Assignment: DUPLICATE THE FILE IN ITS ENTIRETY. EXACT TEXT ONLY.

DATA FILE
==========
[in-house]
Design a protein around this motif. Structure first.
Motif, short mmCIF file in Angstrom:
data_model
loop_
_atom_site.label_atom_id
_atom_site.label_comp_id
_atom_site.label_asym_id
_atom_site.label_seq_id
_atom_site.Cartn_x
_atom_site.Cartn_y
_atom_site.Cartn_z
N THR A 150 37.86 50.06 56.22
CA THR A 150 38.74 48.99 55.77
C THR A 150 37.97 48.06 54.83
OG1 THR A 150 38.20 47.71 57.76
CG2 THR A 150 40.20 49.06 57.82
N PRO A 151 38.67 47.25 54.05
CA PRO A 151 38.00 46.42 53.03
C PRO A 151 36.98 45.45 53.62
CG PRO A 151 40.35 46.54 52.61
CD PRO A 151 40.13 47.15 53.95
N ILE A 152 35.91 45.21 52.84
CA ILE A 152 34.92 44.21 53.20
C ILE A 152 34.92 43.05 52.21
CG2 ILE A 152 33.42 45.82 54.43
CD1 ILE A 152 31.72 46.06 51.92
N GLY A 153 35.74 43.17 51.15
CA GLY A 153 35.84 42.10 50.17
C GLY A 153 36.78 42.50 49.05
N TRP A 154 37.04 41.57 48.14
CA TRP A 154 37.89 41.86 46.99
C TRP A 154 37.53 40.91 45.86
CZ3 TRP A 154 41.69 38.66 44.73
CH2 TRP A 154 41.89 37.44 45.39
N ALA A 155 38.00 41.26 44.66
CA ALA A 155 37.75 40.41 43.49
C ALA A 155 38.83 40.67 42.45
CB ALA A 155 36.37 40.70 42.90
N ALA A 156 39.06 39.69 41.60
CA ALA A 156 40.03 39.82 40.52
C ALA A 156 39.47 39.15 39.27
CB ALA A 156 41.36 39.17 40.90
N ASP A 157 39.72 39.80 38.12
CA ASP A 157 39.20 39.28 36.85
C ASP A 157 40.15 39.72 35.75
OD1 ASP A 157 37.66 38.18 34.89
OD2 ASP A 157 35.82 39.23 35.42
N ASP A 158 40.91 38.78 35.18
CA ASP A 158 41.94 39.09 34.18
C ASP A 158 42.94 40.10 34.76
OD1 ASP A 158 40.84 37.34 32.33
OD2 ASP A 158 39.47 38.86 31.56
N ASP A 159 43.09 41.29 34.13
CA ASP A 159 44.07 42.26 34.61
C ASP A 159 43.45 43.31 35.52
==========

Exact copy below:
[in-house]
Design a protein around this motif. Structure first.
Motif, short mmCIF file in Angstrom:
data_model
loop_
_atom_site.label_atom_id
_atom_site.label_comp_id
_atom_site.label_asym_id
_atom_site.label_seq_id
_atom_site.Cartn_x
_atom_site.Cartn_y
_atom_site.Cartn_z
N THR A 150 37.86 50.06 56.22
CA THR A 150 38.74 48.99 55.77
C THR A 150 37.97 48.06 54.83
OG1 THR A 150 38.20 47.71 57.76
CG2 THR A 150 40.20 49.06 57.82
N PRO A 151 38.67 47.25 54.05
CA PRO A 151 38.00 46.42 53.03
C PRO A 151 36.98 45.45 53.62
CG PRO A 151 40.35 46.54 52.61
CD PRO A 151 40.13 47.15 53.95
N ILE A 152 35.91 45.21 52.84
CA ILE A 152 34.92 44.21 53.20
C ILE A 152 34.92 43.05 52.21
CG2 ILE A 152 33.42 45.82 54.43
CD1 ILE A 152 31.72 46.06 51.92
N GLY A 153 35.74 43.17 51.15
CA GLY A 153 35.84 42.10 50.17
C GLY A 153 36.78 42.50 49.05
N TRP A 154 37.04 41.57 48.14
CA TRP A 154 37.89 41.86 46.99
C TRP A 154 37.53 40.91 45.86
CZ3 TRP A 154 41.69 38.66 44.73
CH2 TRP A 154 41.89 37.44 45.39
N ALA A 155 38.00 41.26 44.66
CA ALA A 155 37.75 40.41 43.49
C ALA A 155 38.83 40.67 42.45
CB ALA A 155 36.37 40.70 42.90
N ALA A 156 39.06 39.69 41.60
CA ALA A 156 40.03 39.82 40.52
C ALA A 156 39.47 39.15 39.27
CB ALA A 156 41.36 39.17 40.90
N ASP A 157 39.72 39.80 38.12
CA ASP A 157 39.20 39.28 36.85
C ASP A 157 40.15 39.72 35.75
OD1 ASP A 157 37.66 38.18 34.89
OD2 ASP A 157 35.82 39.23 35.42
N ASP A 158 40.91 38.78 35.18
CA ASP A 158 41.94 39.09 34.18
C ASP A 158 42.94 40.10 34.76
OD1 ASP A 158 40.84 37.34 32.33
OD2 ASP A 158 39.47 38.86 31.56
N ASP A 159 43.09 41.29 34.13
CA ASP A 159 44.07 42.26 34.61
C ASP A 159 43.45 43.31 35.52